Listing botanicals in the correct format: Minor labeling issues, such as incorrectly listing a plant’s name, are not likely to attract a warning letter on their own. It does, however, signal to FDA that there may be other issues and will prompt them to look deeper. Recently, we’ve seen the continued trend of companies being cited for incorrectly listing a botanical ingredient’s common name as referenced in the American Herbal Products Association’s (AHPA) Herbs of Commerce. These types of violations are not the primary reason for warning letters, but they are referenced when other, more serious offenses, such as disease claims or cGMP (current good manufacturing practices) issues, are cited. Another common warning letter citation is companies forgetting to add the plant part, such as “chamomile flower,” in the Supplement Facts panel. This recent warning letter contains improper Form 483 responses, disease claims and botanical labeling issues. 

Inflammation claims: Words like “lowers inflammation” and “anti-inflammatory” were cited in 17 supplement-related warning letters last year. These statements carry some risk, but based on FDA enforcement trends, they seem unlikely to trigger a warning letter unless higher-risk words like “arthritis” or “cancer” are also present, with some exceptions. This warning letter exception is animal-related and “only” makes inflammation and anti-viral statements. Although risky, this is typically not enough to tip the scale into the warning letter category unless it’s an animal product, as FDA has a lower “lenience” for claims made about animals compared to human products. As a reminder, all statements should be substantiated, and even if FDA does not cite disease words in warning letters, they may trigger Amazon delisting, National Advertising Division (NAD) cases, FTC action, or plaintiff’s attorney actions, especially if the claims are related to mobility claims in glucosamine products, as we observed with this Joint Juice lawsuit.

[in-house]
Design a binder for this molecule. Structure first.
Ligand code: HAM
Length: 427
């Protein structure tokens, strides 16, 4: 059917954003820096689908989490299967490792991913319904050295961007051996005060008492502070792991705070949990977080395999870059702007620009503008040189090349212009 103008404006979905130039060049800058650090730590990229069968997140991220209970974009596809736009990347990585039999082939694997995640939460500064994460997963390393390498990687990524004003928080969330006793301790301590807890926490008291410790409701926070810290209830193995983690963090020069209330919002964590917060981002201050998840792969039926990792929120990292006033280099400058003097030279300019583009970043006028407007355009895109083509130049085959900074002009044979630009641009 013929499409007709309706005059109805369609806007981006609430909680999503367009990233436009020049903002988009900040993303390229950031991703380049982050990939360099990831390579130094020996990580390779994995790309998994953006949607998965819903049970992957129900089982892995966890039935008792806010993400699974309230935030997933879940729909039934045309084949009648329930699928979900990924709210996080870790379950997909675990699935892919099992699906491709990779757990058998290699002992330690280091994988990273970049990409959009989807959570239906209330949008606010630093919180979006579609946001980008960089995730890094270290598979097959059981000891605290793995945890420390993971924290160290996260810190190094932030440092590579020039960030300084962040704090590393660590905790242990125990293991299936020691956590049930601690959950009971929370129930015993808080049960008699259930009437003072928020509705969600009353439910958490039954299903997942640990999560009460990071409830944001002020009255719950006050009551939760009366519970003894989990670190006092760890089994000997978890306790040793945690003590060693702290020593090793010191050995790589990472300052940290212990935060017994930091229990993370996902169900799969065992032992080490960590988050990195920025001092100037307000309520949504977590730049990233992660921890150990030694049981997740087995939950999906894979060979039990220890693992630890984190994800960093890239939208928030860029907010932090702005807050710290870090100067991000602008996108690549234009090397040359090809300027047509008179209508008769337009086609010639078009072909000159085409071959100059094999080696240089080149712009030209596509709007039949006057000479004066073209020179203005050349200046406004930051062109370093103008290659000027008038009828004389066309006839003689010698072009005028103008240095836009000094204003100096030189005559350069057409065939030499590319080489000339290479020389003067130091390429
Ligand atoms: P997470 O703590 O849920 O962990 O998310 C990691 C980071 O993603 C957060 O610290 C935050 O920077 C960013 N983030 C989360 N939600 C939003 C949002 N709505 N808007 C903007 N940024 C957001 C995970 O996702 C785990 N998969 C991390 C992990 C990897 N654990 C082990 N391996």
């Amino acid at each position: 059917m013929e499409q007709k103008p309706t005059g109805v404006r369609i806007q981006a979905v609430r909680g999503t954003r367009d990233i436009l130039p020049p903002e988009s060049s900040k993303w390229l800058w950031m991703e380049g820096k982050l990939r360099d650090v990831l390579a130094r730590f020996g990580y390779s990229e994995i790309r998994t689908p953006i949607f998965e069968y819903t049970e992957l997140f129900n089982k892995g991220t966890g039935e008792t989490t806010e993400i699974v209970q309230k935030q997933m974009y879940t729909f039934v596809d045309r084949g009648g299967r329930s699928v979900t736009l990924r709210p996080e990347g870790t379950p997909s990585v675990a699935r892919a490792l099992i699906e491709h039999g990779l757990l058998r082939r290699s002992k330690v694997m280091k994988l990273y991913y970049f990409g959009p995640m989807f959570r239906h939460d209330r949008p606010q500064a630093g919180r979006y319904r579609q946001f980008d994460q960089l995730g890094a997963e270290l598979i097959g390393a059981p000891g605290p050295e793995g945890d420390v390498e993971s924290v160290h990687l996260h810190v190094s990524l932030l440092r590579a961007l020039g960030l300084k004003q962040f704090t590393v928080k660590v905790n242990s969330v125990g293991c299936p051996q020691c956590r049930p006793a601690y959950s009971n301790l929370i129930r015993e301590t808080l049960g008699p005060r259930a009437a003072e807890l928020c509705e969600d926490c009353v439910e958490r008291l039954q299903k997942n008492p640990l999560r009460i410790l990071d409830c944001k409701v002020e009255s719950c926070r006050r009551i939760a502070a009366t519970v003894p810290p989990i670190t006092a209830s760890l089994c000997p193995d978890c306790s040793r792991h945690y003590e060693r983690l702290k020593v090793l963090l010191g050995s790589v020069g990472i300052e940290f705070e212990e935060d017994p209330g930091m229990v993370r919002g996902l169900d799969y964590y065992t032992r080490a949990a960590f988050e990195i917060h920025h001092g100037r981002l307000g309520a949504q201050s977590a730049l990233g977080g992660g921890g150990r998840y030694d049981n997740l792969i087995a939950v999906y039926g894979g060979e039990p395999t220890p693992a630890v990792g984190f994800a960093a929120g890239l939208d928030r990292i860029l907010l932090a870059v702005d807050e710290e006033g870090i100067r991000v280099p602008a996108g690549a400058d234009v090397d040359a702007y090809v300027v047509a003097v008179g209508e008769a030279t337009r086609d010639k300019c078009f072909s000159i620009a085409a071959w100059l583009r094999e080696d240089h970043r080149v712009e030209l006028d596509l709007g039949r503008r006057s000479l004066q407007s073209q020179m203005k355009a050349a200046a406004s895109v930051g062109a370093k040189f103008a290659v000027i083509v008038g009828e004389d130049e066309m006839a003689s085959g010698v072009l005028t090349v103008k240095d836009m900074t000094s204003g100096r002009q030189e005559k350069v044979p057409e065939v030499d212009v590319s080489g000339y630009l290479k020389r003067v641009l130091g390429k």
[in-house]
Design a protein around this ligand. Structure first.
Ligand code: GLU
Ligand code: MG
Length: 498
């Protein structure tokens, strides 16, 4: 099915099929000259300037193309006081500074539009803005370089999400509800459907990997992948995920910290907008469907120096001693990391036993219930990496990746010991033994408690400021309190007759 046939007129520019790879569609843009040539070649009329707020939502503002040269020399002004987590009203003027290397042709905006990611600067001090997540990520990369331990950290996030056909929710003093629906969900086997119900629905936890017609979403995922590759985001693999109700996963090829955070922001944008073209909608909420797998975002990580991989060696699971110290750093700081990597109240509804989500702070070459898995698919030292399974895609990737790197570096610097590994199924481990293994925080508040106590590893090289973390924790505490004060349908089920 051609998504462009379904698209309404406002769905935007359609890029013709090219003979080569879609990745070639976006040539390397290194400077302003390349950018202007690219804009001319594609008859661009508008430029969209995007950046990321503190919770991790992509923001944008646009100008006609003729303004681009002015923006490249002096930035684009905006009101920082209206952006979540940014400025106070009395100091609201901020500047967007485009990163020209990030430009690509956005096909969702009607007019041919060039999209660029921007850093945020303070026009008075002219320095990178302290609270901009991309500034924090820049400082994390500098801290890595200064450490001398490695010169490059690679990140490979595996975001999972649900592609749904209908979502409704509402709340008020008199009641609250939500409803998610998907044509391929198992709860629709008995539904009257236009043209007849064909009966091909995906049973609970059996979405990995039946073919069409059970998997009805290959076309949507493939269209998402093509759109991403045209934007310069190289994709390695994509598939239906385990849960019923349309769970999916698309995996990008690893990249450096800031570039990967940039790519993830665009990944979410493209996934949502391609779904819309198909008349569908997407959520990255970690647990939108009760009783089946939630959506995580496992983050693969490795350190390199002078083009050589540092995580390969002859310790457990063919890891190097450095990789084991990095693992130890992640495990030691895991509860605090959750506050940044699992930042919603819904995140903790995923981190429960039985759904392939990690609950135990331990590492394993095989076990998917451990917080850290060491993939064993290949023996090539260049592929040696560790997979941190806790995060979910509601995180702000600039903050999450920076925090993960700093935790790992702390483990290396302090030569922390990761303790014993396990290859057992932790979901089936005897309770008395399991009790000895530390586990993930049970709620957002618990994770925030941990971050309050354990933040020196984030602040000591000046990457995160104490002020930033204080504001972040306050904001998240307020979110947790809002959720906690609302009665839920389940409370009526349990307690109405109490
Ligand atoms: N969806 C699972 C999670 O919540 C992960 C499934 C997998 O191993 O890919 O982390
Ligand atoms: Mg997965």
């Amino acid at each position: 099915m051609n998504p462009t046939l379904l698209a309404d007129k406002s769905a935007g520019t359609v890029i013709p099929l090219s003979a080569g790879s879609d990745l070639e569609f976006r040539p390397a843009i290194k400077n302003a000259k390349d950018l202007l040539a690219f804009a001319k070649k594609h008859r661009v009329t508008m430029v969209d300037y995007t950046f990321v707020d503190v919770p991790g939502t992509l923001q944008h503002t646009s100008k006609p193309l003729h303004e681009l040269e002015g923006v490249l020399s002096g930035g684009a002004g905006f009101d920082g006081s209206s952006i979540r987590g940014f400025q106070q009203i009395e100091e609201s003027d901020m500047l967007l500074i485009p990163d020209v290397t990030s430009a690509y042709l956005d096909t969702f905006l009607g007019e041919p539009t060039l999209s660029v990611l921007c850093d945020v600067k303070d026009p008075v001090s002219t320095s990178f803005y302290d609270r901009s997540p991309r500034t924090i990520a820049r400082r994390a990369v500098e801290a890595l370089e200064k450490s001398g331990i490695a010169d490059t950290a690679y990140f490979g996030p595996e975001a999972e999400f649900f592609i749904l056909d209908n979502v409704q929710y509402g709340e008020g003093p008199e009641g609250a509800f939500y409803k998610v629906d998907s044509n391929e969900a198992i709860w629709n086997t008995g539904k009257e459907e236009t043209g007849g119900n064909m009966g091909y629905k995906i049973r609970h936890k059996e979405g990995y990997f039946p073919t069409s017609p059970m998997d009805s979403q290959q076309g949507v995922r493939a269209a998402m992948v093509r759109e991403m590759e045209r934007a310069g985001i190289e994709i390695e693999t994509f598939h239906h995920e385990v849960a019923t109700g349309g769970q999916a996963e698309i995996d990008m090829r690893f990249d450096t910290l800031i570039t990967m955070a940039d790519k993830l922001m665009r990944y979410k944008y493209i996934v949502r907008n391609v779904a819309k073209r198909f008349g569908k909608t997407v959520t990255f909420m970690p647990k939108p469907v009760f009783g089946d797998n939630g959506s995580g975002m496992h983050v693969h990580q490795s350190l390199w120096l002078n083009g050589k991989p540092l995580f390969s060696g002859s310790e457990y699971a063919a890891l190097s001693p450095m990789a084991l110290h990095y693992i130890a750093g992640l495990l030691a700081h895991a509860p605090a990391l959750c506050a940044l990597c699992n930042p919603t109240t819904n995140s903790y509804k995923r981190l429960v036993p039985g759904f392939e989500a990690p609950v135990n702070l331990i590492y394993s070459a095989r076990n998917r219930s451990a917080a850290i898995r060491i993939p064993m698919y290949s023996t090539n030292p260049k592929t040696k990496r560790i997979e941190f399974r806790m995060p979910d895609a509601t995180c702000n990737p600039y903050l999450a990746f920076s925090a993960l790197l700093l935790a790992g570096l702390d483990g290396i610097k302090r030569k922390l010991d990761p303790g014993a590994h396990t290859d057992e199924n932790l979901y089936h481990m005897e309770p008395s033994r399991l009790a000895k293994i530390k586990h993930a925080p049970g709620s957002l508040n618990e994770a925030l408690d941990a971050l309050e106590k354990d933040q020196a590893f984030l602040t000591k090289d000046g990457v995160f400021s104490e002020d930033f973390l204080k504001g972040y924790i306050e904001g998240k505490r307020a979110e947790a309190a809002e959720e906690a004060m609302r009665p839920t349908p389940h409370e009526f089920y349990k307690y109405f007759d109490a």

CBD update:

Q1 2024 was the first quarter since 2021 in which FDA did not mention CBD or delta-8 in warning letters. We’ve certainly seen enforcement activity in the cannabinoid space trend downwards in the past year, and the absence of warning letters in Q1 shows this trend is continuing. This is partially due to fewer CBD companies selling products than in the past, and those that remain in business likely have expertise in the nuances of marketing compliance. The exception to this is continued sales of delta-8 and other synthesized cannabinoids, and since many of these companies are making wild disease claims and also selling potentially dangerous products, I expect more FDA action to combat the prolific synthesized cannabinoid market.

Follow Warning Letter Wednesday for weekly updates on interesting warning letters.